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Ceramic Materials Improve Hydrogen Storage

April 16, 2014 7:00 am | by UC San Diego | News | Comments

Engineers have created new ceramic materials that could be used to store hydrogen safely and efficiently. They also have demonstrated that the compounds could be manufactured using a simple, low-cost manufacturing method known as combustion synthesis.

Method May Impede Illicit Nuclear Trafficking

April 16, 2014 7:00 am | by American Institute of Physics | News | Comments

Coupling commercially available spectral X-ray detectors with a specialized algorithm can improve the detection of uranium and plutonium in small, layered objects such as baggage. This approach enhances the detection powers of X-ray imaging and may provide a new tool to impede nuclear trafficking.

Saturn’s Rings Shed Light on Moon Formation

April 16, 2014 7:00 am | by Queen Mary Univ. of London | News | Comments

Disturbances at the very edge of Saturn's outer bright A ring, which result from a small icy object, have given scientists an insight into how moons are made.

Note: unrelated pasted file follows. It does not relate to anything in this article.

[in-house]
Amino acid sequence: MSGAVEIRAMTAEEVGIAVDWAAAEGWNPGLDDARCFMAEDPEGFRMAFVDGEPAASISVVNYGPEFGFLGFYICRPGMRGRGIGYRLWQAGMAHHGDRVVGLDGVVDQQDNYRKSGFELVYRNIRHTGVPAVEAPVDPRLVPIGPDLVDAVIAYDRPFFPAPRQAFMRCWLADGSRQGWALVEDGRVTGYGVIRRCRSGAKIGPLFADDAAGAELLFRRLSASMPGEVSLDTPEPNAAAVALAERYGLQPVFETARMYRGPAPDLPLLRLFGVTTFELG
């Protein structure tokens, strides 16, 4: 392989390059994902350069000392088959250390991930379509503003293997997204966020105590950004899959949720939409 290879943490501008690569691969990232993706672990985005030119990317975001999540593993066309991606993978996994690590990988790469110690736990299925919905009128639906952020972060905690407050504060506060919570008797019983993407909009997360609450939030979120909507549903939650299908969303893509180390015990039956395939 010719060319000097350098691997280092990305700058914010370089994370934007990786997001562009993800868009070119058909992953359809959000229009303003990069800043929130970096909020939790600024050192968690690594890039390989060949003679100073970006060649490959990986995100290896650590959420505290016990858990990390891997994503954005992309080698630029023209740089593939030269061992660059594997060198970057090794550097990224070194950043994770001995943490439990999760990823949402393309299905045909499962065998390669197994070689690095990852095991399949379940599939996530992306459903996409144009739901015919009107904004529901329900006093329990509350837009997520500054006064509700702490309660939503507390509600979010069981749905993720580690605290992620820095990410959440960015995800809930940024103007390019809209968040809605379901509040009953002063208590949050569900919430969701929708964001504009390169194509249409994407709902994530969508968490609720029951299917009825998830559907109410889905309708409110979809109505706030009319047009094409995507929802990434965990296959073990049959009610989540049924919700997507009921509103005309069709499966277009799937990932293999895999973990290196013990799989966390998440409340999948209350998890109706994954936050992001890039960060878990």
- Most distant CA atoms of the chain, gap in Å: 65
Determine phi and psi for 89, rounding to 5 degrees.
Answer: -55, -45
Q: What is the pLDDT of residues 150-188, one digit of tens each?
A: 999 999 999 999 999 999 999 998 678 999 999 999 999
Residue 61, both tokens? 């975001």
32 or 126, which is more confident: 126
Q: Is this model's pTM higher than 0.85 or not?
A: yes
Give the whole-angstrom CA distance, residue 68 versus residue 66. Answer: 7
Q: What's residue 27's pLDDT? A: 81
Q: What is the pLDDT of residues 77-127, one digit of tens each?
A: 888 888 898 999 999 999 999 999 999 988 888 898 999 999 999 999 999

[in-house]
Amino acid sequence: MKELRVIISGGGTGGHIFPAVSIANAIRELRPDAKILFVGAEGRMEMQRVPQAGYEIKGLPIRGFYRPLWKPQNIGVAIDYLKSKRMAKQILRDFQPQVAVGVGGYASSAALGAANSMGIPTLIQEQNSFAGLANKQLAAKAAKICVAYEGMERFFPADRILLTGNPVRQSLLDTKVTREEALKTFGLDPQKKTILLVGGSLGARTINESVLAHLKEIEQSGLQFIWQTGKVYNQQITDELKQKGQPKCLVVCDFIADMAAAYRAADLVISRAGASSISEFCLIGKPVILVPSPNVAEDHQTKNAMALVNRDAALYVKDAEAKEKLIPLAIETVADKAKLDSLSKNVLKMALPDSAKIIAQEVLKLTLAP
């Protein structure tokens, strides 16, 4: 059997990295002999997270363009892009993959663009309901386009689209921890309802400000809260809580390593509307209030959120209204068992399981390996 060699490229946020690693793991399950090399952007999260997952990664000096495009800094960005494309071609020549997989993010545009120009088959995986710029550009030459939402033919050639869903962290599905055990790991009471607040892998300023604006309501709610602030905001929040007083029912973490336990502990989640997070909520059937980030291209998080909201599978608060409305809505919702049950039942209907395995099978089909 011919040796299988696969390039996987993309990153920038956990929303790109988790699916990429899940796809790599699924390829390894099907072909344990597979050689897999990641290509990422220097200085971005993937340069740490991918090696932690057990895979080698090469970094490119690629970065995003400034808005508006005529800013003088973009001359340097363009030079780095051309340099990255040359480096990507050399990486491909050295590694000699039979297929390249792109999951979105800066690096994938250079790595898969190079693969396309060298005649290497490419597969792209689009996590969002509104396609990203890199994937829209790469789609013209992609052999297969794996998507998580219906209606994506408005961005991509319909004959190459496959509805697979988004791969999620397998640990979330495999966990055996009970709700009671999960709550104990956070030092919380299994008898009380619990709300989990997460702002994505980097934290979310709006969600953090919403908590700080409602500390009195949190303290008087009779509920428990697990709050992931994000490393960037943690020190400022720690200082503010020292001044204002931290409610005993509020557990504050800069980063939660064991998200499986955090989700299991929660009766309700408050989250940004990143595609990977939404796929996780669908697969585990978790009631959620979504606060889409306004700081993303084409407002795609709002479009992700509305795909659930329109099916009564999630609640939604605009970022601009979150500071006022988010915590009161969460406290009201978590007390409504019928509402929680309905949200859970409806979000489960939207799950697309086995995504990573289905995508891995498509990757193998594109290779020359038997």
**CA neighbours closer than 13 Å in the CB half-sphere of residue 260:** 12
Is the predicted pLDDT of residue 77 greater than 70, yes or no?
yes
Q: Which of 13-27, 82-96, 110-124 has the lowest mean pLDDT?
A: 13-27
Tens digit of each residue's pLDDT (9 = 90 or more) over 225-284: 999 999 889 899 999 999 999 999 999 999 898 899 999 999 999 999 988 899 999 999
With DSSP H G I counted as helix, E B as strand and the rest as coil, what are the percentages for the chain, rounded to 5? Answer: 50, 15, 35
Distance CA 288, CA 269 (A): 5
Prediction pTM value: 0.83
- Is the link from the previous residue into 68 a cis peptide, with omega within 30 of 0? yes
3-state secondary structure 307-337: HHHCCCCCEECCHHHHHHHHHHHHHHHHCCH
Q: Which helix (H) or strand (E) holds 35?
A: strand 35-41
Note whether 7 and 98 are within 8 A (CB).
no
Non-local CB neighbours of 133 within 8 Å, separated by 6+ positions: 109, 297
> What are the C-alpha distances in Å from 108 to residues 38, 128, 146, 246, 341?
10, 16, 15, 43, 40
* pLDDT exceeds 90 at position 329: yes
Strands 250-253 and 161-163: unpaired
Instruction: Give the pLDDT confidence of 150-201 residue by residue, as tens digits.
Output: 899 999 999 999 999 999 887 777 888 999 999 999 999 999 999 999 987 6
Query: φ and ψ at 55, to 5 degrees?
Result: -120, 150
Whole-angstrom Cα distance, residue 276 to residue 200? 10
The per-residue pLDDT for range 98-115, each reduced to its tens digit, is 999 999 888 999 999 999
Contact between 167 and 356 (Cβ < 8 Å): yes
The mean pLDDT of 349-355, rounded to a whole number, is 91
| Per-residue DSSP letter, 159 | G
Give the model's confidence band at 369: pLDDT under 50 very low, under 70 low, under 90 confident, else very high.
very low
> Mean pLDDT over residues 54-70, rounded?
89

Green, Low-cost, Efficient Forklifts Coming Soon

April 15, 2014 1:17 pm | by Sandia National Laboratories | News | Comments

Zero-emission hydrogen fuel cell systems soon could be powering the forklifts used in warehouses and other industrial settings at lower costs and with faster refueling times than ever before.

Lasers Enable Observation of Frantic Electrons

April 15, 2014 12:00 pm | by Univ. of Kansas | News | Comments

A research team has used high-powered lasers to track the speed and movement of electrons inside an innovative material that is just one atom thick.

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Quantum Dots Offer Solar Cells a Bright Future

April 15, 2014 7:00 am | by Los Alamos National Laboratory | News | Comments

A project has demonstrated that the superior light-emitting properties of quantum dots can be applied in solar energy by helping more efficiently harvest sunlight.